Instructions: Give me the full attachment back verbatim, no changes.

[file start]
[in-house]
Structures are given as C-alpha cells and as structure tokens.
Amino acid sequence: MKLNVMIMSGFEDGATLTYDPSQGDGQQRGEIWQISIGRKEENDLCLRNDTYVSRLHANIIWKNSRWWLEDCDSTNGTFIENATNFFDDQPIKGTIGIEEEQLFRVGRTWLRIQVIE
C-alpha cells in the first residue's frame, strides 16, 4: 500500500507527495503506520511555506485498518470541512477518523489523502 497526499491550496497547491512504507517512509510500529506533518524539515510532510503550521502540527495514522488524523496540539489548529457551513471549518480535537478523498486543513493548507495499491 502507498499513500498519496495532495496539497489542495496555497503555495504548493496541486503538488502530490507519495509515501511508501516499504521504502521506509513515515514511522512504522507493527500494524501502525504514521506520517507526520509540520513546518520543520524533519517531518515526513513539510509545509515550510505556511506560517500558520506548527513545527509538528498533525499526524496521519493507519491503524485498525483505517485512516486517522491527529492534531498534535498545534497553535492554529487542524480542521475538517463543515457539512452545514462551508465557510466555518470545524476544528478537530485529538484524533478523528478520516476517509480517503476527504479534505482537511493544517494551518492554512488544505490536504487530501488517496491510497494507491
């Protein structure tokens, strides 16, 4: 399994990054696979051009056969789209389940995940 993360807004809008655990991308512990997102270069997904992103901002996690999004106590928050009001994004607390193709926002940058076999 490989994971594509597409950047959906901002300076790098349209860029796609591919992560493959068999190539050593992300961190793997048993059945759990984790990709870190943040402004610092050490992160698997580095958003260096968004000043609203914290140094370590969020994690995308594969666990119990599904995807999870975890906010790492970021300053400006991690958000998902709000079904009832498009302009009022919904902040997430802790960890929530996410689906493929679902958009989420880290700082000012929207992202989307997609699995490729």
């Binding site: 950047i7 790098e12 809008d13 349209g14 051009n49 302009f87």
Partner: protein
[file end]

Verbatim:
[in-house]
Structures are given as C-alpha cells and as structure tokens.
Amino acid sequence: MKLNVMIMSGFEDGATLTYDPSQGDGQQRGEIWQISIGRKEENDLCLRNDTYVSRLHANIIWKNSRWWLEDCDSTNGTFIENATNFFDDQPIKGTIGIEEEQLFRVGRTWLRIQVIE
C-alpha cells in the first residue's frame, strides 16, 4: 500500500507527495503506520511555506485498518470541512477518523489523502 497526499491550496497547491512504507517512509510500529506533518524539515510532510503550521502540527495514522488524523496540539489548529457551513471549518480535537478523498486543513493548507495499491 502507498499513500498519496495532495496539497489542495496555497503555495504548493496541486503538488502530490507519495509515501511508501516499504521504502521506509513515515514511522512504522507493527500494524501502525504514521506520517507526520509540520513546518520543520524533519517531518515526513513539510509545509515550510505556511506560517500558520506548527513545527509538528498533525499526524496521519493507519491503524485498525483505517485512516486517522491527529492534531498534535498545534497553535492554529487542524480542521475538517463543515457539512452545514462551508465557510466555518470545524476544528478537530485529538484524533478523528478520516476517509480517503476527504479534505482537511493544517494551518492554512488544505490536504487530501488517496491510497494507491
């Protein structure tokens, strides 16, 4: 399994990054696979051009056969789209389940995940 993360807004809008655990991308512990997102270069997904992103901002996690999004106590928050009001994004607390193709926002940058076999 490989994971594509597409950047959906901002300076790098349209860029796609591919992560493959068999190539050593992300961190793997048993059945759990984790990709870190943040402004610092050490992160698997580095958003260096968004000043609203914290140094370590969020994690995308594969666990119990599904995807999870975890906010790492970021300053400006991690958000998902709000079904009832498009302009009022919904902040997430802790960890929530996410689906493929679902958009989420880290700082000012929207992202989307997609699995490729």
């Binding site: 950047i7 790098e12 809008d13 349209g14 051009n49 302009f87």
Partner: protein